Mass. monks brewing beer like European brothers
By DAVE MARTIN The Associated Press January 22, 2014 5:42PM
In this Thursday, Jan. 9, 2014 photo Father Damion, Abbot at St. Joseph's Trappist Abbey in Spencer, Mass., stands in the community's library. St. Joseph's is a community of 63 Trappistine monks. (AP Photo/Stephan Savoia)
Updated: February 24, 2014 1:12PM
SPENCER, Mass. — For more than a century, Catholic Cistercian monks known as Trappists have been brewing and selling what many beer lovers consider some of the best in the world. Eight monasteries — six in Belgium and one each in Holland and Austria — produce the only beer recognized by the International Trappist Association as authentic Trappist beer.
And starting Thursday, the 63 brothers of St. Joseph’s Abbey — about an hour’s drive west of Boston — will join them, selling the first Trappist beer brewed outside Europe.
Their ambitious venture was hardly met with enthusiasm by their exacting Trappist brothers in Europe.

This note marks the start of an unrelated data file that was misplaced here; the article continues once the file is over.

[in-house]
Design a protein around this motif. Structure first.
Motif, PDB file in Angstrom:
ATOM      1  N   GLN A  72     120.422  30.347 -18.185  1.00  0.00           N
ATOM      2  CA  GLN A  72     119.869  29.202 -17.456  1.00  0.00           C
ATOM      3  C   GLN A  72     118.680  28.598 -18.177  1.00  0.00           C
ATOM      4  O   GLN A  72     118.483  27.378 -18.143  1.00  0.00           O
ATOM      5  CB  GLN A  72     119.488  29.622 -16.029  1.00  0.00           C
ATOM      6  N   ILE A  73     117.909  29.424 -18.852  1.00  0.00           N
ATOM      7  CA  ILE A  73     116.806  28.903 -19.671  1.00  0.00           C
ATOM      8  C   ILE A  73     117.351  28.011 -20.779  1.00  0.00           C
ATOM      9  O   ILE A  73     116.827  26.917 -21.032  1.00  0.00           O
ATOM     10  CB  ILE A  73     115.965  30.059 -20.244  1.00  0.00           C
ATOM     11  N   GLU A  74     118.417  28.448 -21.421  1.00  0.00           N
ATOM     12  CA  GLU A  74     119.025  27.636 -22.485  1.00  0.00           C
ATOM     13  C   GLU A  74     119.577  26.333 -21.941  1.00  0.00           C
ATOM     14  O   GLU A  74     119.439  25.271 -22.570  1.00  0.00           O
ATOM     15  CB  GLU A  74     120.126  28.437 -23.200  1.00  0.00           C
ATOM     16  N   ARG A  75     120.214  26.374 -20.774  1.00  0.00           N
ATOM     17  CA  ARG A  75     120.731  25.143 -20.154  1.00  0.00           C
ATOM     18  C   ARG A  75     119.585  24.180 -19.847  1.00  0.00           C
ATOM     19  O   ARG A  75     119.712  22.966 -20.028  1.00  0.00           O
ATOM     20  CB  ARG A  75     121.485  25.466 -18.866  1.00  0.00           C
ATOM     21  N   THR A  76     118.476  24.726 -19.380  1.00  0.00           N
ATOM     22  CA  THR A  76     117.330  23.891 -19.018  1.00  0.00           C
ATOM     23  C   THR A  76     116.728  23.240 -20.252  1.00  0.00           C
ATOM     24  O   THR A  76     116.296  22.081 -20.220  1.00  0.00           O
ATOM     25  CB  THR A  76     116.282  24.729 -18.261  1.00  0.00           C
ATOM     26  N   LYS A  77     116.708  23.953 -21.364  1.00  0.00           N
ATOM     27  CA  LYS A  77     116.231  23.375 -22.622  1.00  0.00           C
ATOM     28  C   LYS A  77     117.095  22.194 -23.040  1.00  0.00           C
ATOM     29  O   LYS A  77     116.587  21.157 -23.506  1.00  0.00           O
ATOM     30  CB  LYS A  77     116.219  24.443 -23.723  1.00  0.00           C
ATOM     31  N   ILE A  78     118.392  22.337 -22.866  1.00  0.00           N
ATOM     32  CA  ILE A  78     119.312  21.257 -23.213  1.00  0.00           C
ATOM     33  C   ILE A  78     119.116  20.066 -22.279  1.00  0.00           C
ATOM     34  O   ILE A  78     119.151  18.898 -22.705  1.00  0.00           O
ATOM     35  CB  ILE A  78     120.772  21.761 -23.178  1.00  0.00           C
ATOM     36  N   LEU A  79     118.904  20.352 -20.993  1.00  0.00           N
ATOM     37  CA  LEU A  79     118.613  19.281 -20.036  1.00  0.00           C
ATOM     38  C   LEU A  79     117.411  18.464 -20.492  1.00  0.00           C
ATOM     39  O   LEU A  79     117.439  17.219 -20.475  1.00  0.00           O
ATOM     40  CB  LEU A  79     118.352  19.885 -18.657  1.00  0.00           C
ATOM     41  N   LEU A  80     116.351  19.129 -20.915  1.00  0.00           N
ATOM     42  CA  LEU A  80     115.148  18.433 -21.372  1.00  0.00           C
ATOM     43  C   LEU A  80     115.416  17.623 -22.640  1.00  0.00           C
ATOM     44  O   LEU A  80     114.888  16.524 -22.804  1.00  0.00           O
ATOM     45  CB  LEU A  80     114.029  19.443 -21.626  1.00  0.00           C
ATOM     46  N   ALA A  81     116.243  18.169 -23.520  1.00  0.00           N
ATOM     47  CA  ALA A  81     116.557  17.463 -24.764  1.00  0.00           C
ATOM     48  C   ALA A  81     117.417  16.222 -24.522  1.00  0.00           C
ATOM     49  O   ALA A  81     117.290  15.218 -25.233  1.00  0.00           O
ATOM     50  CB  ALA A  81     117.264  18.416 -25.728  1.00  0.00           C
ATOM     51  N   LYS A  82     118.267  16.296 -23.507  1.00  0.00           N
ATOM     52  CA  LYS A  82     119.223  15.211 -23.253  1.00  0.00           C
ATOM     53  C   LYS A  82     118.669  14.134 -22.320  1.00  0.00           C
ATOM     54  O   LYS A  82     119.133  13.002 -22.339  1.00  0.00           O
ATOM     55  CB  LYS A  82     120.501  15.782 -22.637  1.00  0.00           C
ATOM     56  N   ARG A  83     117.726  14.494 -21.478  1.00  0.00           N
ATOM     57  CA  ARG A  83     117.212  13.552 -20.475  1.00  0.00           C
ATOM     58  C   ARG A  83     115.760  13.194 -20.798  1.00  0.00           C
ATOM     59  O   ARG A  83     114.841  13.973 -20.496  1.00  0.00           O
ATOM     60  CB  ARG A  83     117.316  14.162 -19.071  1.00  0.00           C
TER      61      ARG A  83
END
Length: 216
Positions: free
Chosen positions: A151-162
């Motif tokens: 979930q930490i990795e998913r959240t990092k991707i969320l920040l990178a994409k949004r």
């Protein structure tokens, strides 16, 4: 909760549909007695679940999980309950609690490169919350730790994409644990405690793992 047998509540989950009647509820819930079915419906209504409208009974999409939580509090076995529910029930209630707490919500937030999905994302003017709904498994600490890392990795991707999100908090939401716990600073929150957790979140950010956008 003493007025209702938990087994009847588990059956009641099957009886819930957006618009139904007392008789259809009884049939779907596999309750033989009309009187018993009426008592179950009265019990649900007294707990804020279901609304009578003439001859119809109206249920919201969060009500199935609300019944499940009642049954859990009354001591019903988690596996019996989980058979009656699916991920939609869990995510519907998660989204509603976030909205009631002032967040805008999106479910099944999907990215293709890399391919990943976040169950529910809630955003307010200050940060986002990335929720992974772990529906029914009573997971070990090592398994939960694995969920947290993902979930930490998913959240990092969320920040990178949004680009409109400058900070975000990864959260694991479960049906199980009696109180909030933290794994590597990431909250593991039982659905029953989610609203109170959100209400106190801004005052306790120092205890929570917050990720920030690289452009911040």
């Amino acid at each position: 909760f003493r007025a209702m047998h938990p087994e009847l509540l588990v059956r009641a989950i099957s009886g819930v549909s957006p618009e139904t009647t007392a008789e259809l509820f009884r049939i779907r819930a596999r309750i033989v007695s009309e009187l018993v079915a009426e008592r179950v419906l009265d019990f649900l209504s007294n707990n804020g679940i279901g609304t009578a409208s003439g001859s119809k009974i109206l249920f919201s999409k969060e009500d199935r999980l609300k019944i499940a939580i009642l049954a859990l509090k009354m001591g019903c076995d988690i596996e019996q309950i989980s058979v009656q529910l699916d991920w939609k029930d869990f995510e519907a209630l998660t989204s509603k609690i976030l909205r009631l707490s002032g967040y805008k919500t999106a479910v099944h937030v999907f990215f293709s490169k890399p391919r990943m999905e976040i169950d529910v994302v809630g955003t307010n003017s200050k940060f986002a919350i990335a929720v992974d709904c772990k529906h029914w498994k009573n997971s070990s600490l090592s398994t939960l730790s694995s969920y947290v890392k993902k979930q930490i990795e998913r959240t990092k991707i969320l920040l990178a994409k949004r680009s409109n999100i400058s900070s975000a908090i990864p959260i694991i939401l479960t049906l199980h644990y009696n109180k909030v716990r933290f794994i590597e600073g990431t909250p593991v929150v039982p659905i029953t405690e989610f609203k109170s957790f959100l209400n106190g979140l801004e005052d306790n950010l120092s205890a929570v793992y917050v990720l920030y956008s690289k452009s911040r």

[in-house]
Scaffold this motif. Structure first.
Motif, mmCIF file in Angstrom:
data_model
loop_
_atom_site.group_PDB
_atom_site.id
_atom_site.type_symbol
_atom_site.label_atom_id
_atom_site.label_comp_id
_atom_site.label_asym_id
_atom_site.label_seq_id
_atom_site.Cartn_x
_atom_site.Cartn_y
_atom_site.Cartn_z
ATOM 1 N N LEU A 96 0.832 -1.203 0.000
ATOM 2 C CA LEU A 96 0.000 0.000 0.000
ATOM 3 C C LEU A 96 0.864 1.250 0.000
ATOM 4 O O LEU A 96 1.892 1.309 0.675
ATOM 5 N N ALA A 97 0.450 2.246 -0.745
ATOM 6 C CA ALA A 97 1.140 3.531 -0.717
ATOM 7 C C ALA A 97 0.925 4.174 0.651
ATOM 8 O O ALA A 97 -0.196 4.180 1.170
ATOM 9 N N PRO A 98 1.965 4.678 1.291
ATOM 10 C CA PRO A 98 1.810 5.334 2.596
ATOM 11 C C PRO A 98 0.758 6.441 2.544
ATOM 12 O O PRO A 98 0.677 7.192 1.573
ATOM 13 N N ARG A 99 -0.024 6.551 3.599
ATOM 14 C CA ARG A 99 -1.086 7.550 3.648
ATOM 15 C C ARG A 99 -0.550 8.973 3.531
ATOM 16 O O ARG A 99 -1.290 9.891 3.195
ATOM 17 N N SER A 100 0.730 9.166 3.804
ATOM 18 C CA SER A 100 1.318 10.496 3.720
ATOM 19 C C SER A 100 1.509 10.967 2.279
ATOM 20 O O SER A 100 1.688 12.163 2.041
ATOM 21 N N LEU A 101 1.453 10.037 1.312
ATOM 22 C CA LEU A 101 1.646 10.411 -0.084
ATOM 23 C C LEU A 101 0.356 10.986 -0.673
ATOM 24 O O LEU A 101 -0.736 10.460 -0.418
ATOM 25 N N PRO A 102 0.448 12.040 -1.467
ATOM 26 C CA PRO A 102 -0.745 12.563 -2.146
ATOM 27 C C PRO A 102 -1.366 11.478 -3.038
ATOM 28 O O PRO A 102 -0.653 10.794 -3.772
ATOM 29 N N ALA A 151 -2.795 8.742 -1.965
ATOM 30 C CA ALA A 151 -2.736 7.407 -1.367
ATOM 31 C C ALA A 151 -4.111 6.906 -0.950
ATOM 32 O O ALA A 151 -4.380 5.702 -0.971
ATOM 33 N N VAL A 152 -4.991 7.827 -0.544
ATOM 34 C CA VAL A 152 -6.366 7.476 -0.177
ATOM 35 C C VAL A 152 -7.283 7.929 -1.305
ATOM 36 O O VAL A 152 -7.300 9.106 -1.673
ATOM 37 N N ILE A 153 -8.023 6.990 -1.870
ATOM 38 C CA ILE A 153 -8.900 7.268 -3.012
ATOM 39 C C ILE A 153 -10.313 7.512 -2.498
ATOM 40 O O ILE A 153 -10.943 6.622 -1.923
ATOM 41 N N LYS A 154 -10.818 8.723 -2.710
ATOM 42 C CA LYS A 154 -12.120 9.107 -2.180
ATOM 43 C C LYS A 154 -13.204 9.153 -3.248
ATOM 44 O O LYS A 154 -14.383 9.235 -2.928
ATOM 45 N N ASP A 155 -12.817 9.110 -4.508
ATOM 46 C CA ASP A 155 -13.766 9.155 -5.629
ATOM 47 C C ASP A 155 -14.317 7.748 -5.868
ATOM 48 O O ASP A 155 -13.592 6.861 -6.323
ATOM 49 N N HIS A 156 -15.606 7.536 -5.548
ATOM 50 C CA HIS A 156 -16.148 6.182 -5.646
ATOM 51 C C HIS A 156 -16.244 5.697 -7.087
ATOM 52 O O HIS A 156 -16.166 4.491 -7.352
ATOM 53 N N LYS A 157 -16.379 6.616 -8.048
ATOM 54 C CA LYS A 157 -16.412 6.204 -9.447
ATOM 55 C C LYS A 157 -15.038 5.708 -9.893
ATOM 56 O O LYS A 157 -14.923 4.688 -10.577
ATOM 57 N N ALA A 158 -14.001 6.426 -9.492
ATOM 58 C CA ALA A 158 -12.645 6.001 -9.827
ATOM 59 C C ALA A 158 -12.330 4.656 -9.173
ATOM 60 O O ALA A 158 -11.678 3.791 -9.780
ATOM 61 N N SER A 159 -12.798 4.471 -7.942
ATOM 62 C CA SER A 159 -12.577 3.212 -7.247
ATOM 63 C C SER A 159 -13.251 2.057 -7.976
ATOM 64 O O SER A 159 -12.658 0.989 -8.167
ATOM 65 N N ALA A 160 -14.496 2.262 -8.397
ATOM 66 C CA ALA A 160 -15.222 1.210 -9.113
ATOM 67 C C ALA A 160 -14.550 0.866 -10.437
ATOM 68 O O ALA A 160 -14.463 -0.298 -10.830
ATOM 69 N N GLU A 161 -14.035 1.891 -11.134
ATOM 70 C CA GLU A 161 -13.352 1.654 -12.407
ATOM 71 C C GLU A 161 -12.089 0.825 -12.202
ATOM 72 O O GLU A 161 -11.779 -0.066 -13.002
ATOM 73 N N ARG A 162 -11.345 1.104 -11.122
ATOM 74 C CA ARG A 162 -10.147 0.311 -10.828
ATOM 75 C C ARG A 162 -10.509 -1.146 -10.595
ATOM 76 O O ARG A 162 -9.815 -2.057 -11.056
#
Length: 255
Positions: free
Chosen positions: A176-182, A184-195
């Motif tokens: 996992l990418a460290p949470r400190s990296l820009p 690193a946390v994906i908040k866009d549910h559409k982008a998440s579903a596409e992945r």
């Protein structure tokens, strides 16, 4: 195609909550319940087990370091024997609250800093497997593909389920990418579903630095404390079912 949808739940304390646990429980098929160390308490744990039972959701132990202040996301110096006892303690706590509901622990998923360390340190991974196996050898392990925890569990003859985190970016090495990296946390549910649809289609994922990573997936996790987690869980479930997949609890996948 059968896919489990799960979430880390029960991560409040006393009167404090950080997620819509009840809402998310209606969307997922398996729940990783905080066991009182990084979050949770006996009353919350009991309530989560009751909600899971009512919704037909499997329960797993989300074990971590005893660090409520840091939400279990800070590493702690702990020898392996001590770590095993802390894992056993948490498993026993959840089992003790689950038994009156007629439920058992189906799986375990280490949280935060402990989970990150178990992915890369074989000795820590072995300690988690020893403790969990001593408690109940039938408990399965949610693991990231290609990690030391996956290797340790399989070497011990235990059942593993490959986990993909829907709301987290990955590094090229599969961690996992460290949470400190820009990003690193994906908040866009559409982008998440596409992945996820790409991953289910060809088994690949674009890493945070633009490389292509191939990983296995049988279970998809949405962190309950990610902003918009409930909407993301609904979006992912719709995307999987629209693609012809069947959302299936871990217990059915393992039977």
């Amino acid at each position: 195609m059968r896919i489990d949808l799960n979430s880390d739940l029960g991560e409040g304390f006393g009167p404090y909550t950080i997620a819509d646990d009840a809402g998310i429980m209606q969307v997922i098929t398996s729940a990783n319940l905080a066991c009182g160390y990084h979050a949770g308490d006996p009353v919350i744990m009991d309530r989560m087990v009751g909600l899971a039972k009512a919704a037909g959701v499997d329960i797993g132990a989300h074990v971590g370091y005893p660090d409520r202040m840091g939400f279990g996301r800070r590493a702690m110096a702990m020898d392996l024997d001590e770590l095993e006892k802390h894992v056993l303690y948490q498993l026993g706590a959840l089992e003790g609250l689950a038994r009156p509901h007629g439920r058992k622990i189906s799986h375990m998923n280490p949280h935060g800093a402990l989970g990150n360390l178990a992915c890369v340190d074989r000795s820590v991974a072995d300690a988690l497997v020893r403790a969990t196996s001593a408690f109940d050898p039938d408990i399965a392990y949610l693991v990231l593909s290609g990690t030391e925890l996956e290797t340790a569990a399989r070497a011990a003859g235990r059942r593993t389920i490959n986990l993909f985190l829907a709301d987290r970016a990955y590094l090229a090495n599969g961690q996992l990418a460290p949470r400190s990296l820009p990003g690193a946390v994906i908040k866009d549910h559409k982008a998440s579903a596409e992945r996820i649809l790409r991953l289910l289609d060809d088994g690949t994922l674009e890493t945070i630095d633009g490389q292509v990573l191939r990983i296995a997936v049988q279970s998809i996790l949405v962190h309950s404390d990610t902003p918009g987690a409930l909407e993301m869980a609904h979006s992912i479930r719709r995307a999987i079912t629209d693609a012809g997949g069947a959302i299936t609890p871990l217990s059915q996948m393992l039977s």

After all, for nearly 60 years the monks in Spencer, Mass., had been selling jams and jellies to help support their community. Now they were interested in the real family business: beer.
The journey from jams to beer started almost five years ago when St. Joseph’s sent two monks on a fact-finding mission to the Belgian Beer Fest in Boston. Within hours, their European brothers were alarmed to learn of the inquiries.
“The original skepticism was because we were outside of Europe... and Americans,” said Father Isaac Keeley, the bald, jovial former potter who has been at St. Joseph’s for 35 years and now directs the brewing. “And the fear we would go too big too fast.”
The European monasteries made three strong recommendations: To brew beer of Trappist quality they must build a state-of-the-art brewery, hire a skilled brewing engineer, and brew just one kind of beer for the first five years.
The European brewers, wanting a beer that wouldn’t damage the Trappist brand, agreed to help the Americans develop a good recipe.
After more than 20 trial batches, the monks in Massachusetts settled on the recipe for what would become Spencer Trappist Ale, a “refectory ale” of 6.5 percent alcohol. The cloudy, golden beer is all-American yet rooted in European tradition with sweet, yeasty notes familiar to fans of other Trappist ales.
With the Europeans on board, a U.S. distribution deal was signed. Sales will only be in Massachusetts at first, but plans are to expand nationally and someday, internationally.